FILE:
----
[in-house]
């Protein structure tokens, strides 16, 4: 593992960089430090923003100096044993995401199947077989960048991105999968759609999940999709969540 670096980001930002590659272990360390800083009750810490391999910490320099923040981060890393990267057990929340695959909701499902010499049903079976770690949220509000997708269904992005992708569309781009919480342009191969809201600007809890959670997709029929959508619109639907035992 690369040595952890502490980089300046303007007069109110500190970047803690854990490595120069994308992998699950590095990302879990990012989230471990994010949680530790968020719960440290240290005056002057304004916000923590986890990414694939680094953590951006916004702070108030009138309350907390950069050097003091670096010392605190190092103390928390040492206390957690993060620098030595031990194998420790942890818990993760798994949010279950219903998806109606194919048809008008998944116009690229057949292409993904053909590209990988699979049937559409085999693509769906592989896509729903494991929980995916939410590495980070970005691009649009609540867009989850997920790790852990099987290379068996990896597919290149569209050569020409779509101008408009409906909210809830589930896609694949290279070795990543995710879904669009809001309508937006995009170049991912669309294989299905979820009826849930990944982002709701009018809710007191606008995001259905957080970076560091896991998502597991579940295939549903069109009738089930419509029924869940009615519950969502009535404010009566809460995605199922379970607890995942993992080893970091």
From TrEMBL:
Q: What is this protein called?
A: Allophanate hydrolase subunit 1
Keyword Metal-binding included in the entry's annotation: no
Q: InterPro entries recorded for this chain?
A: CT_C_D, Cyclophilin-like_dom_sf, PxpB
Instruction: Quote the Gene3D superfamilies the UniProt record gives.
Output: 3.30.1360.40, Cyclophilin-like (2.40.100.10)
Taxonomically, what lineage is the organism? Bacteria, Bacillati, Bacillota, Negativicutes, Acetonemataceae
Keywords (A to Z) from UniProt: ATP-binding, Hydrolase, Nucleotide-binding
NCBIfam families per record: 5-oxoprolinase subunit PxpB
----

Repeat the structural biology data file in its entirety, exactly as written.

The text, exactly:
[in-house]
């Protein structure tokens, strides 16, 4: 593992960089430090923003100096044993995401199947077989960048991105999968759609999940999709969540 670096980001930002590659272990360390800083009750810490391999910490320099923040981060890393990267057990929340695959909701499902010499049903079976770690949220509000997708269904992005992708569309781009919480342009191969809201600007809890959670997709029929959508619109639907035992 690369040595952890502490980089300046303007007069109110500190970047803690854990490595120069994308992998699950590095990302879990990012989230471990994010949680530790968020719960440290240290005056002057304004916000923590986890990414694939680094953590951006916004702070108030009138309350907390950069050097003091670096010392605190190092103390928390040492206390957690993060620098030595031990194998420790942890818990993760798994949010279950219903998806109606194919048809008008998944116009690229057949292409993904053909590209990988699979049937559409085999693509769906592989896509729903494991929980995916939410590495980070970005691009649009609540867009989850997920790790852990099987290379068996990896597919290149569209050569020409779509101008408009409906909210809830589930896609694949290279070795990543995710879904669009809001309508937006995009170049991912669309294989299905979820009826849930990944982002709701009018809710007191606008995001259905957080970076560091896991998502597991579940295939549903069109009738089930419509029924869940009615519950969502009535404010009566809460995605199922379970607890995942993992080893970091």
From TrEMBL:
Q: What is this protein called?
A: Allophanate hydrolase subunit 1
Keyword Metal-binding included in the entry's annotation: no
Q: InterPro entries recorded for this chain?
A: CT_C_D, Cyclophilin-like_dom_sf, PxpB
Instruction: Quote the Gene3D superfamilies the UniProt record gives.
Output: 3.30.1360.40, Cyclophilin-like (2.40.100.10)
Taxonomically, what lineage is the organism? Bacteria, Bacillati, Bacillota, Negativicutes, Acetonemataceae
Keywords (A to Z) from UniProt: ATP-binding, Hydrolase, Nucleotide-binding
NCBIfam families per record: 5-oxoprolinase subunit PxpB